Companies provide insurance for treehouses all the time. They are typically classified as accessory structures to a home, a la sheds or gazebos. But if an insurer was going to underwrite the mind-blowing treehouse built by Sackville, ON's Alex Thomas, it would probably want to revise that clarification.
Thomas' creation is situated in a tree, but it could very easily be thought of as an ordinary—if, admittedly, extremely rustic—dwelling. The 26-year-old construction worker found a sturdy, secluded tree in the Acadian forest by his home and proceeded to build the penthouse suite of treehouses.
Accessible by two ladders, the treehouse's room is spacious, panelled, furnished, lit, and heated. With a wooden stove and water filtration system installed, Thomas can subside there for long stretches of time and experience a decent level of comfort—including sleeping in a warm bed. He built a deck with an awning overtop, so he can look out onto the splendor of the forest and be somewhat sheltered from the elements. When he craves entertainment, he can take his pick from among the books, musical instruments, and cassettes (played on a walkman powered by the treehouse's solar panels, because of course) he has stored up there.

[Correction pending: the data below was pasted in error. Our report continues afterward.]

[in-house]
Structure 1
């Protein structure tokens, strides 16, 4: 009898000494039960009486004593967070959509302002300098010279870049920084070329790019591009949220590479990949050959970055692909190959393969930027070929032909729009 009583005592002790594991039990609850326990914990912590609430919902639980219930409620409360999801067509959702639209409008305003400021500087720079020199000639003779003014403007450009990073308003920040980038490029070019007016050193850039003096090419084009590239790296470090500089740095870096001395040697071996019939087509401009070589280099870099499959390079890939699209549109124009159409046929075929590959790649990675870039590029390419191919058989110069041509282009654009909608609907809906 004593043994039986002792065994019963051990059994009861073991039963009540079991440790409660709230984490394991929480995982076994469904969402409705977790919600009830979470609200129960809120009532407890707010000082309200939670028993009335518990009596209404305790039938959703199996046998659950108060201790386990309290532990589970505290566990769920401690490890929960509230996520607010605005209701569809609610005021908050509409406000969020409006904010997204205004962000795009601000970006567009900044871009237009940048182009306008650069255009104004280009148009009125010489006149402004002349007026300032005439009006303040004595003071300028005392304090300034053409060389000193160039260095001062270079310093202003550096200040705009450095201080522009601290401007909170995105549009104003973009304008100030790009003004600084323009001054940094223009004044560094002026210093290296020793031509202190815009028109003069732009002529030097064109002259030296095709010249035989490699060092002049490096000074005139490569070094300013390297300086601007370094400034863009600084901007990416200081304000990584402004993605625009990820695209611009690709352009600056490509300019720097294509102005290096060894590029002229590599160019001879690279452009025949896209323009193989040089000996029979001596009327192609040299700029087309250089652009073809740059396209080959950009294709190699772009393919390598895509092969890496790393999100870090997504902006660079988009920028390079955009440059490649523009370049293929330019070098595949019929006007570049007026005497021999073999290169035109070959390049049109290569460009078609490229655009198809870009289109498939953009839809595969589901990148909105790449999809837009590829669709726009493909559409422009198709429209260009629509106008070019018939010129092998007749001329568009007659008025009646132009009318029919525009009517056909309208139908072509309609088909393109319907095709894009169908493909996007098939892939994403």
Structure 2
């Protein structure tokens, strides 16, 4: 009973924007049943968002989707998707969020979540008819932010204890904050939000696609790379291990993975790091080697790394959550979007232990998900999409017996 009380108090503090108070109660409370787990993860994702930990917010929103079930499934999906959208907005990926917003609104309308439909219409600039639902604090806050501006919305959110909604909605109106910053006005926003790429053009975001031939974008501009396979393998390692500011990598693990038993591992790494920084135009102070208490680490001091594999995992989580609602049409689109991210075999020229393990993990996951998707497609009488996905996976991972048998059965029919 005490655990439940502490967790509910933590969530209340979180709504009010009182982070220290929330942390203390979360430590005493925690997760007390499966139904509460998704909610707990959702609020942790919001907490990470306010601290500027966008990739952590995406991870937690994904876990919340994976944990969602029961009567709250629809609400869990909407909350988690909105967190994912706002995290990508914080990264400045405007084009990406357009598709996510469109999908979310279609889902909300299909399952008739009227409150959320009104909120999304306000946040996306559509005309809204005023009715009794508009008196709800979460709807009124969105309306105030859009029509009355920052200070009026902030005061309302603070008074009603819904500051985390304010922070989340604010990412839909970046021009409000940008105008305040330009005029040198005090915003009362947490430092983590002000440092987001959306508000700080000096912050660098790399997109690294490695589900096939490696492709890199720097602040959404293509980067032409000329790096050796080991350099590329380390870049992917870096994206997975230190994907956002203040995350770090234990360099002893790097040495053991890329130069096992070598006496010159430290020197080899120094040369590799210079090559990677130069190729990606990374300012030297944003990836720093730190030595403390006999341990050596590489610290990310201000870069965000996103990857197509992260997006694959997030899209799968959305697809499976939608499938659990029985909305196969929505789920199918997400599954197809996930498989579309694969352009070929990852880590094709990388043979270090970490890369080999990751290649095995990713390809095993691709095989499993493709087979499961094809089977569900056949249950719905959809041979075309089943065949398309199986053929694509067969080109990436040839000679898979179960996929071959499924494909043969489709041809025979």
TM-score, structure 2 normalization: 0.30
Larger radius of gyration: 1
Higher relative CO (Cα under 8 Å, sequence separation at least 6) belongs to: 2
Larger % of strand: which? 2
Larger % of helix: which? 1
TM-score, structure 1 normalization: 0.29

Given the craftsmanship and effort that went into building this treehouse—even before you marvel at the rigorous work that was done with harnesses and pulleys, you have to acknowledge the fact that the tree wasn't road accessible, meaning that materials had to be lugged out by other means, often by wheelbarrow—it would be a shame to see any sort of claim-worthy damage befall it. Perhaps there's a policy out there for Thomas that could accommodate something so unique and awesome.